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5th March 2023

A beginner’s guide to Northern Soul

If Northern Soul hasn’t made it onto your playlist yet, it’s time to start now…
A beginner’s guide to Northern Soul
Photo: Leo Reynolds @ Flickr

Following the success of DJs Deptford Northern Soul Club, Northern Soul music has made a resurgence amongst young people. Comprised of Will Foot and Lewis Henderson, their first set in 2016 has since led to Deptford’s residence at Moth Club in London and YES in Manchester. If you take a deep dive into their setlists, it’s evident why the genre is so admired.

Motown music had dominated US charts throughout the 1960s, popularising the upbeat rhythm and blues originating from Detroit for most of the decade. However, at the end of the 1960s, there was a notable shift. After significant legislative successes in the civil rights movement and the end of Jim Crow laws in the South, Black Power movements had expanded.

The shift from soul to funk coincided, in which funk music embodied Black empowerment and resilience in a time of crisis for African Americans. Whilst taking influence from soul and rhythm and blues, funk was revolutionary in its political role. It acted as a lens for the voices of Black artists such as Gil Scott-Heron, James Brown, and Kool and The Gang. Yet, as funk took over the US charts, soul was left with a new potential in Britain.

Soul music already had a large presence in UK dance halls in the 1960s. But without the upbeat and fast tempos of soul music, funk was unable to match its US popularity amongst British youth subcultures. This left an opening for opportunity, in which Dave Godin is widely credited for seizing.

After popularising US soul music in the store ‘Soul City’ in London, Godin had coined the term ‘Northern Soul’ by the late 1960s, and the early 1970s saw the uniting of a widespread music culture. The North quickly became the stomping ground for Northern Soul purists, packing out soul dancehalls with throngs of teenagers in wide flared trousers and knit tanks. Several of these teenagers were young male miners who, after long working days, would take stimulants and hit the talcum powder dusted dance floors.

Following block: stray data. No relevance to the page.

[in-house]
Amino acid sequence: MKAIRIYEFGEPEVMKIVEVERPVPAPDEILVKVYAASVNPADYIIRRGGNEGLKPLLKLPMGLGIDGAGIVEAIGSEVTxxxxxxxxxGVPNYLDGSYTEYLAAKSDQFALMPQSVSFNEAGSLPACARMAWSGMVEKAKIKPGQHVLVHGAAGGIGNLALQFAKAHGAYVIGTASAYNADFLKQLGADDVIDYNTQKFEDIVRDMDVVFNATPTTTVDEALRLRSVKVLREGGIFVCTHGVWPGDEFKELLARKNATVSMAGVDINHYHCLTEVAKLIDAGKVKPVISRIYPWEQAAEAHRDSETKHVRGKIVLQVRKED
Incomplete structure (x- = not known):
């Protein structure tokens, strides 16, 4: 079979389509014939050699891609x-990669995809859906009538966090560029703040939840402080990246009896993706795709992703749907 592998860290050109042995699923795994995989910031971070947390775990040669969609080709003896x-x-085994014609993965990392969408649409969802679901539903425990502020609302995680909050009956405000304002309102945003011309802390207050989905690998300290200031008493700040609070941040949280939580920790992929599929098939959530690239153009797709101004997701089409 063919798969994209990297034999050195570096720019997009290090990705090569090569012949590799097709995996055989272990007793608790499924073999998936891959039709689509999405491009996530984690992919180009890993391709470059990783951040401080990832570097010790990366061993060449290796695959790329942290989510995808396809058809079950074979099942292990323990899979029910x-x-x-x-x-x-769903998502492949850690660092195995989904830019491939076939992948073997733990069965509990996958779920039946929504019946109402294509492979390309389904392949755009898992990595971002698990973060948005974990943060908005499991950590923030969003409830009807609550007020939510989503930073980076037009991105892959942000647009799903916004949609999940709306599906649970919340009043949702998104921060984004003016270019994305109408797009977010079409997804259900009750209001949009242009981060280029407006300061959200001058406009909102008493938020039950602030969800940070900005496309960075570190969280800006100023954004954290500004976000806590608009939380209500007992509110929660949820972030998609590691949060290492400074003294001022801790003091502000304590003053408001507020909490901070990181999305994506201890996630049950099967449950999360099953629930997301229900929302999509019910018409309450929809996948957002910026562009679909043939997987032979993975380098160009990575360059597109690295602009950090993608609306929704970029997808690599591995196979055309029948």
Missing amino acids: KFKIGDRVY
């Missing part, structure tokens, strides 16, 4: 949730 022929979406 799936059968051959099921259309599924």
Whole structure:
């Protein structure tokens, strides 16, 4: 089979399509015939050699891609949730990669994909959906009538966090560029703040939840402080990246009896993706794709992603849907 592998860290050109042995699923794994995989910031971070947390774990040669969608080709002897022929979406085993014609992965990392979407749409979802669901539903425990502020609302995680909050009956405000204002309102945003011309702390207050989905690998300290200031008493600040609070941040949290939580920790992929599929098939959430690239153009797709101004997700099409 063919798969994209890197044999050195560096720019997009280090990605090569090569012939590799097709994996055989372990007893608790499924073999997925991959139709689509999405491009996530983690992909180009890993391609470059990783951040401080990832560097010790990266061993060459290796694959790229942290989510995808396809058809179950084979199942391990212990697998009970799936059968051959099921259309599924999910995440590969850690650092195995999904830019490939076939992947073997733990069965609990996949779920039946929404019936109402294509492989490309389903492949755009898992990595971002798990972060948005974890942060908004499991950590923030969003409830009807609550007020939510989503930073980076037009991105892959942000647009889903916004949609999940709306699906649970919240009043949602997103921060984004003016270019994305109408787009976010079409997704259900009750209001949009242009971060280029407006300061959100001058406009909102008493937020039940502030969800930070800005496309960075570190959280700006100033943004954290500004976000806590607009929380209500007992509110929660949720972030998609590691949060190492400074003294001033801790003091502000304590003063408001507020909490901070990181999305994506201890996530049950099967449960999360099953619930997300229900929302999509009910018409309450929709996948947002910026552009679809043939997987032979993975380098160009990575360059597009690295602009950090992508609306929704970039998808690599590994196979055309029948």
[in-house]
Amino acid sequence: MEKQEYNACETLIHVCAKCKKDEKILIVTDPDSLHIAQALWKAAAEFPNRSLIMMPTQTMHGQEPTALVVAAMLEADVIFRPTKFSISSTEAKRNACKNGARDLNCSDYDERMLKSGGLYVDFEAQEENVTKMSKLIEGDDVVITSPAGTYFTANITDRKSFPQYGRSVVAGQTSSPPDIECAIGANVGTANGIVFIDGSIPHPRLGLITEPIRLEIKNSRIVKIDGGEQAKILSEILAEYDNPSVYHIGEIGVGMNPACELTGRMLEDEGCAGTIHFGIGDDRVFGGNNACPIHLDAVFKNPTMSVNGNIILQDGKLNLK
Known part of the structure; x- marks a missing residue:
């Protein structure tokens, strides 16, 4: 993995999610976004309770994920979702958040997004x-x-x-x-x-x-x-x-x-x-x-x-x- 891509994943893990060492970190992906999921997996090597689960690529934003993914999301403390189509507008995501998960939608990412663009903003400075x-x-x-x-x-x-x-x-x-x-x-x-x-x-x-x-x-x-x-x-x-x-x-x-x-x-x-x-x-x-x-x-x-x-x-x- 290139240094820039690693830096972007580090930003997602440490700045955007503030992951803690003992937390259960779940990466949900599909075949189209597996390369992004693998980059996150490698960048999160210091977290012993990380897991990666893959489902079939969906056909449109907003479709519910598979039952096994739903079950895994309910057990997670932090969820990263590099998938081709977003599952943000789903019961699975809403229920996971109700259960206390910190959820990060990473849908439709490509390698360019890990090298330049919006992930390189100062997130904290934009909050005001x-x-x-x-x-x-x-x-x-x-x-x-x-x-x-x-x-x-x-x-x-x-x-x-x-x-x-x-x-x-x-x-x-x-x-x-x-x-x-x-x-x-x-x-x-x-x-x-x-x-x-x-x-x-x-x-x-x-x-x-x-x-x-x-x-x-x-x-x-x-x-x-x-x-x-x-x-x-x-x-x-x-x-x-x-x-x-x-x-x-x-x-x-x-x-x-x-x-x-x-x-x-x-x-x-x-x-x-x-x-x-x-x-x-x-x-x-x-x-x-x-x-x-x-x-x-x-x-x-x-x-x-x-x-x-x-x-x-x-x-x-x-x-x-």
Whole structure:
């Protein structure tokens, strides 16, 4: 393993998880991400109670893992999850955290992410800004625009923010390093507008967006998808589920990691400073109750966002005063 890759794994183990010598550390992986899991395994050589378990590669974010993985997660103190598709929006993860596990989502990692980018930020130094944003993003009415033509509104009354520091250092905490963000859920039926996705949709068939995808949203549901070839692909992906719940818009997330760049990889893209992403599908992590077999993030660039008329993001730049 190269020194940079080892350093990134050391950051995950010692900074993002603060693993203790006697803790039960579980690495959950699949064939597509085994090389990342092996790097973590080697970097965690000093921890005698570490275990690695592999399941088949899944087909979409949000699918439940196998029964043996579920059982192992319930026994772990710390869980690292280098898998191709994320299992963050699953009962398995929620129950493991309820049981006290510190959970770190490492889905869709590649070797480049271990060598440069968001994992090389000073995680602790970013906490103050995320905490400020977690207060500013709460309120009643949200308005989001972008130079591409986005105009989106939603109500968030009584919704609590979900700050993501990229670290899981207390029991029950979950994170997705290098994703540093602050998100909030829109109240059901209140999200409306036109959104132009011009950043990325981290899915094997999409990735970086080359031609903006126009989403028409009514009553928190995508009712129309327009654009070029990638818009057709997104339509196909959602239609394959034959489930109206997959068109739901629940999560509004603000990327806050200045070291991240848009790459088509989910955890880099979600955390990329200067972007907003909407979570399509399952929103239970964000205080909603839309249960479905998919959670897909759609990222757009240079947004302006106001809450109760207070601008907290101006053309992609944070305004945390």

A sea of splits and turns and shuffles, the dancers would be up until the early hours of the morning. To many, it was an opportunity for distraction. From economic unrest to rises in far-right politics, Northern Soul offered a night of escapism from the bleakness of late 1960s Britain.

Photo: Chuck Patch @ Juxtapoz Magazine

But in an age of digital music, the Northern Soul revival is somewhat unable to preserve one of its key principles. ‘Rare soul’ was arguably what made the Northern Soul movement so notable musically. Whilst mainstream movements sought after number 1 hits and global recognition, Northern Soul relished in rarities. The less well-known, the better. As the movement grew, DJs scouted out for more obscure records, on the hunt for the next golden tune that would soundtrack the dancehalls.

Many of Northern Soul’s greatest hits have few pressings, with Heartache Souvenirs by William Powell having only ten supposed copies, and Frank Wilson’s Do I Love You selling for around £25,000 in 2009. As the revival’s magnetism grows, it is only reasonable to assume this fundamental of Northern Soul could be lost.

Whilst Deptford Northern Soul can’t replicate the original Northern Soul movement, their set in YES bar still encapsulates the buzz of soul music. After attending one of the monthly sets, their number one spot in TimeOut magazines 25 best nights out is indisputable. The setlist is an amalgamation of Northern Soul classics and obscure tracks, all of which keeps the Pink Room bustling.

Northern Soul dancers stick to the back, leaving enough room to exhibit their flexible moves. At the front is a packed congregation that dances until the end of the set, applauding Deptford Northern Soul as they leave the stage. With a crowd made up of young adults in the same wide-leg trousers and braces of the 1960s, it’s more than evident that the resurgence is current.

Photo: Deptford Northern Soul Club at YES Bar- Molly Dodge-Taylor @ The Mancunion

It’s no wonder the upbeat tempos of Northern Soul have made a comeback. After the closure of Wigan Casino in 1981, the end of the movement seemed conclusive. Yet the timelessness of Northern Soul’s four/four fast tempos has proven to unify generations, engaging both survival and revival with euphoric nights out. DJs such as Deptford Northern Soul have been a catalyst for this incline, igniting a series of new Northern Soul DJs, as well as drawing attention to smaller soul nights across the North. As the revival expands, there’s no time like the present to start your venture into Northern Soul.


Upcoming Northern Soul events in Greater Manchester:
YES – Deptford Northern Soul, March 18
Band on the Wall- The Twisted Wheel, April 15
Middleton Arena- Northern Live: Do I Love You, June 3
The Club at Bredbury Hall- Northern Soul and Motown, April 29
The Home of D Hallivand – Spitfire Soul Club, April 9

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